The current cycle of updates began in autumn 2017 when we selected a number of candidate sites on the platform (with client permission of course). Replica test sites were created that we ran through a gauntlet of tools and tests, simulating various traffic loads. Every tweak made was retested until we were reliably seeing performance gains for the majority of these test sites.
For these tests we relied on a range of tools, including a private instance of webpagetest.org hosted on a VM inside our network to eliminate networking issues. This provided an overall view of a site’s loading experience from the perspective of a normal user. It also allowed us to make some decisions regarding some of the automated front end optimisations we do for clients’ sites.
Next, each site had the xdebug profiler enabled and the results of tests were put through cachegrind. This allowed us not only to see bottlenecks in code, but also where caching had been effective and for what type of code.
Because all of our WordPress Hosting is containerised, we could enable monitoring on the containers to look at memory and CPU usage. This allowed us to look at increasing the number of PHP worker processes and tune individual cache sizes, ensuring sites could still operate well within their containers.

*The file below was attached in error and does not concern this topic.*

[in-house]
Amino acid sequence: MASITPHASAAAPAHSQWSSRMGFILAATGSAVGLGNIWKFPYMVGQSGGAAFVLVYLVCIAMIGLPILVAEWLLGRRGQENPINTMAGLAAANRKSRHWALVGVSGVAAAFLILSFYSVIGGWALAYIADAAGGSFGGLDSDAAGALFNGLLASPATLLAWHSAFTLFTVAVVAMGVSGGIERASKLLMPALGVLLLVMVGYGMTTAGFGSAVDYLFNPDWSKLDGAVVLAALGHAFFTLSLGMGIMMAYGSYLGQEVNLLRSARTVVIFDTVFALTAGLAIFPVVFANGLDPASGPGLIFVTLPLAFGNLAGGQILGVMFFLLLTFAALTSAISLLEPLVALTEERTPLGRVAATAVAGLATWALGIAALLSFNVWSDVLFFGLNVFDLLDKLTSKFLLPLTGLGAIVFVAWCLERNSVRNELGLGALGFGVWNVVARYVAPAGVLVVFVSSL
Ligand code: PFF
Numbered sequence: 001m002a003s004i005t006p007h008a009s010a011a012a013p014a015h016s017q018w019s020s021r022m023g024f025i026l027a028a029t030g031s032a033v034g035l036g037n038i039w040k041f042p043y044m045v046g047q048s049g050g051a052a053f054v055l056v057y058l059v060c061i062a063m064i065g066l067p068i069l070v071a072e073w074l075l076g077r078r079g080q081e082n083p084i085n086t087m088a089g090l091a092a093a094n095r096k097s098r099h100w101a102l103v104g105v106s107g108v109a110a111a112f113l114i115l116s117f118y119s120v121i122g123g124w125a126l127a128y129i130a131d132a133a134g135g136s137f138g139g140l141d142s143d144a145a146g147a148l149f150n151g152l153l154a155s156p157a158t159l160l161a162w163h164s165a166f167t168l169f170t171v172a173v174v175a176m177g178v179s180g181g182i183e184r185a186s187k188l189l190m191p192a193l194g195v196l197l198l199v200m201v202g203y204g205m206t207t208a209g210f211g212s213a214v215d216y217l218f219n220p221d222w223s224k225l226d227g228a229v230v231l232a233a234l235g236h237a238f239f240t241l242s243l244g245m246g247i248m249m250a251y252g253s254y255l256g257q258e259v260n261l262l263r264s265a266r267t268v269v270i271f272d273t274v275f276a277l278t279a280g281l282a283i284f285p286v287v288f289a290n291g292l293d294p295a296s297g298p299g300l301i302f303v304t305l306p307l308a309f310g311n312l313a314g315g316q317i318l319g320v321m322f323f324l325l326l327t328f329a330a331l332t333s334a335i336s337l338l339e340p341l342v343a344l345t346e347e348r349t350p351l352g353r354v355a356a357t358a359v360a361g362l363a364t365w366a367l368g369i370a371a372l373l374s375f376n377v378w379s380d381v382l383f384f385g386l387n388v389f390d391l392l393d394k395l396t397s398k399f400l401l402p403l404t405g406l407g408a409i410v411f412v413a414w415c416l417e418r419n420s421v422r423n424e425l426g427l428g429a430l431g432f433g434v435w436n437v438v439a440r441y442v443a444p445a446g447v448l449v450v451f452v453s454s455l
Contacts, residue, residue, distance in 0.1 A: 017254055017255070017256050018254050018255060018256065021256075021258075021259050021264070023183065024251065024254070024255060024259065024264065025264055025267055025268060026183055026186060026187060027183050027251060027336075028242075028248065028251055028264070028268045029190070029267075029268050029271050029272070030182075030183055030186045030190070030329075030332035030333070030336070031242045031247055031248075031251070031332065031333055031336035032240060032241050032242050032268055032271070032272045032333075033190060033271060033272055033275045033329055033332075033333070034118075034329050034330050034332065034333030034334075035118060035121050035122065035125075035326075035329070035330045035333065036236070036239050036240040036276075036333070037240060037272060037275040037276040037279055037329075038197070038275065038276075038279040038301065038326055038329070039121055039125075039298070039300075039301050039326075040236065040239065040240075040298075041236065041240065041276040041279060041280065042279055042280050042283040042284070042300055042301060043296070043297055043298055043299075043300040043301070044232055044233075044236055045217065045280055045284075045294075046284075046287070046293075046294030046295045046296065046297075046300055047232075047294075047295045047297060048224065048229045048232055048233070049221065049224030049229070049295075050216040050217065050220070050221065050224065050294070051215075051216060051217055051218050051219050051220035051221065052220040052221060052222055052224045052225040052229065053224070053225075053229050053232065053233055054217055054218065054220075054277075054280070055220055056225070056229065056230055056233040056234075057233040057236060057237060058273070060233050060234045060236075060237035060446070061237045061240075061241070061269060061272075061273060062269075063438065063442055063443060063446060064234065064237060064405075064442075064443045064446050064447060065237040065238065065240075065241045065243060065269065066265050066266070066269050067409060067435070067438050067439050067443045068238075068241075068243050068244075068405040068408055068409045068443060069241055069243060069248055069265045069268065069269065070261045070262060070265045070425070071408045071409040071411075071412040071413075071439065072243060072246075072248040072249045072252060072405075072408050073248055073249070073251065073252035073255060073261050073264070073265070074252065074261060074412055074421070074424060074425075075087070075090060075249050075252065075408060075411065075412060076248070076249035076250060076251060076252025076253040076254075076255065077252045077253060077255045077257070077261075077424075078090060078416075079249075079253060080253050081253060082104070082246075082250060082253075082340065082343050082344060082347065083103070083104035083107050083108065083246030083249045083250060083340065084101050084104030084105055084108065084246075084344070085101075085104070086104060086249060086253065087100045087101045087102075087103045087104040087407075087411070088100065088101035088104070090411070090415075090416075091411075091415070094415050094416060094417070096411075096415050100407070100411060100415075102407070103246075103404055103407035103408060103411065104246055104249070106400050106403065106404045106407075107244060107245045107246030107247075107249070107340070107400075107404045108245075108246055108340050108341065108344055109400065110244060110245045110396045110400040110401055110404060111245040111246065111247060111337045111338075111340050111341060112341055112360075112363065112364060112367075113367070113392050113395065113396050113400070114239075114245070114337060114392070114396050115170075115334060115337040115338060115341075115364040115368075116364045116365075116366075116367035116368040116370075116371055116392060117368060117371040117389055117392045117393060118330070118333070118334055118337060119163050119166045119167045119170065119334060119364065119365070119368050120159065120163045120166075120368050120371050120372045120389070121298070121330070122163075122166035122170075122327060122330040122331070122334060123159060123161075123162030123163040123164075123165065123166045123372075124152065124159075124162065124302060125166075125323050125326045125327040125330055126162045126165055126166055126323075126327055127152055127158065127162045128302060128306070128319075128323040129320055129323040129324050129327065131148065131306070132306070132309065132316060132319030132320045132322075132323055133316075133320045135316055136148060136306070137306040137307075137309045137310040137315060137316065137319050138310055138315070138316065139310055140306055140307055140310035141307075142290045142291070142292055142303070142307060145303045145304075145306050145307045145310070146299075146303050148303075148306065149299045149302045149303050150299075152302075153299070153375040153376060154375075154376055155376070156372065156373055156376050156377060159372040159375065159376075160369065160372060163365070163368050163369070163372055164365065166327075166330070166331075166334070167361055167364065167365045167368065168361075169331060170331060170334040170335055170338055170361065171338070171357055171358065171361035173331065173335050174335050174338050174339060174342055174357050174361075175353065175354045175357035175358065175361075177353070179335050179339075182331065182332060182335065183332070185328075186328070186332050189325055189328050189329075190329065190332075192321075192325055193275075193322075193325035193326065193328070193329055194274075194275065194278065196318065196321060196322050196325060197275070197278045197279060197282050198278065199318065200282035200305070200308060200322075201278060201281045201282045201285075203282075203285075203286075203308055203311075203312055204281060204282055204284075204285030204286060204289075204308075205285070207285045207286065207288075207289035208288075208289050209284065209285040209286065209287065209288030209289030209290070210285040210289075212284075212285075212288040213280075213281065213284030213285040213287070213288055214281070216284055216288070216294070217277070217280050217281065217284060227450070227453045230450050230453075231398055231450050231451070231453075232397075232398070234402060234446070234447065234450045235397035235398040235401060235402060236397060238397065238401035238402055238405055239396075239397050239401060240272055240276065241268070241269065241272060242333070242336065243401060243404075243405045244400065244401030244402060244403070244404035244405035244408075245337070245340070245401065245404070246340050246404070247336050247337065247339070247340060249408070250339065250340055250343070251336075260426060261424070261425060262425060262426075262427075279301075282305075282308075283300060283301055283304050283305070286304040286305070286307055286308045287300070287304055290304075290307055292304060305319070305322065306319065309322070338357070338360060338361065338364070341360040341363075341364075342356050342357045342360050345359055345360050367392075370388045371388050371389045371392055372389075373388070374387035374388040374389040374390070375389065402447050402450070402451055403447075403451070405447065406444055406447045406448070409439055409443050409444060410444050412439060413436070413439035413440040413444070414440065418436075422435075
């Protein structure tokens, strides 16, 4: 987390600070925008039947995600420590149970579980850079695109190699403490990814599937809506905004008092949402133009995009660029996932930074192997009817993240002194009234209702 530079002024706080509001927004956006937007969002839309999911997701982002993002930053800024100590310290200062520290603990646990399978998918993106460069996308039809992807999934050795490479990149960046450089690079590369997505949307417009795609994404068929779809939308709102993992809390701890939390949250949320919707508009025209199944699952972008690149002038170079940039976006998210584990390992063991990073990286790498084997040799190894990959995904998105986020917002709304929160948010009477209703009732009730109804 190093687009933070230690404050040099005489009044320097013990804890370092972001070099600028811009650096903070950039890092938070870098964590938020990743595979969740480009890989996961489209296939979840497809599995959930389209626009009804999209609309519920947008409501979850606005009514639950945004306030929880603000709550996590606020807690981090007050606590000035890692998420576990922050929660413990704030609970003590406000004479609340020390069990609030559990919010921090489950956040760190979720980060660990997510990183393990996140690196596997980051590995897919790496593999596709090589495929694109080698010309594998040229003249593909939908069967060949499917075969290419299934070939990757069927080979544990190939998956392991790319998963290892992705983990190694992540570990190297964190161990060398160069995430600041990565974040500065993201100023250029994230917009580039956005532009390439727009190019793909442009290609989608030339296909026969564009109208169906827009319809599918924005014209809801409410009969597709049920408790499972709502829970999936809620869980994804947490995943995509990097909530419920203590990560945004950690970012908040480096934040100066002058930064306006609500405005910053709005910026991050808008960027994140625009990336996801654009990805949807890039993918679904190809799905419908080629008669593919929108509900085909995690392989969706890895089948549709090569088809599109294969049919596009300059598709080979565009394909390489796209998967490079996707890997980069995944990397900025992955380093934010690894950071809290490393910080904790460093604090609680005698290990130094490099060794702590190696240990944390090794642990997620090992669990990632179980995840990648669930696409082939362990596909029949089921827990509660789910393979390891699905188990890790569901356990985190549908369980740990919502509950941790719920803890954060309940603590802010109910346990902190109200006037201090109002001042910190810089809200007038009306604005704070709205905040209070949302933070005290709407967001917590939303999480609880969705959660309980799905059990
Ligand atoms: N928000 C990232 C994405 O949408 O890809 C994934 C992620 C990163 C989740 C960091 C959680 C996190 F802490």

For some sites, these improvements resulted in millisecond load improvements, but when pages are loading in under 300ms that’s still a notable proportion! For some of our least optimised sites we saw larger gains; one site reduced loading time from 12 seconds down to 5. This is particularly impressive as the site’s previous hosting was averaging around the 20 seconds to load each page . The client was already happy with the earlier performance improvements, so this is the icing on the cake!
For most of our clients, the speed improvements will really show in the admin area. Since Christmas 2017 this should already feel snappier and more responsive. Also notably, sites running WooCommerce should feel much quicker when using variable products.
Earlier this month we disabled mod_pagespeed. This module provides some out of the box front end performance improvements, but due to some compatibility issues we were only enabling a small number of its options. Indeed when we turned it off site load times actually improved with no noticeable changes to clients’ webpagetest scores. This is not to say mod_pagespeed is not a great module for nginx (it is!), but it is best used where you can tailor it to an individual site.
We have also added a plethora of image optimisation tools to containers, specifically jpegoptim, optipng, pngquant, and gifsicle. These tools can be used to optimise various image types and are used from the CLI or through plugins.
Of course, this is far from the end of our work to improve performance. Our team will continue to push small changes and eke out more performance over the coming weeks and months. If you see us at a WordCamp or usergroup, do come and have a chat about what we are doing to improve cron performance or our work to provide some more tailored front end optimisations.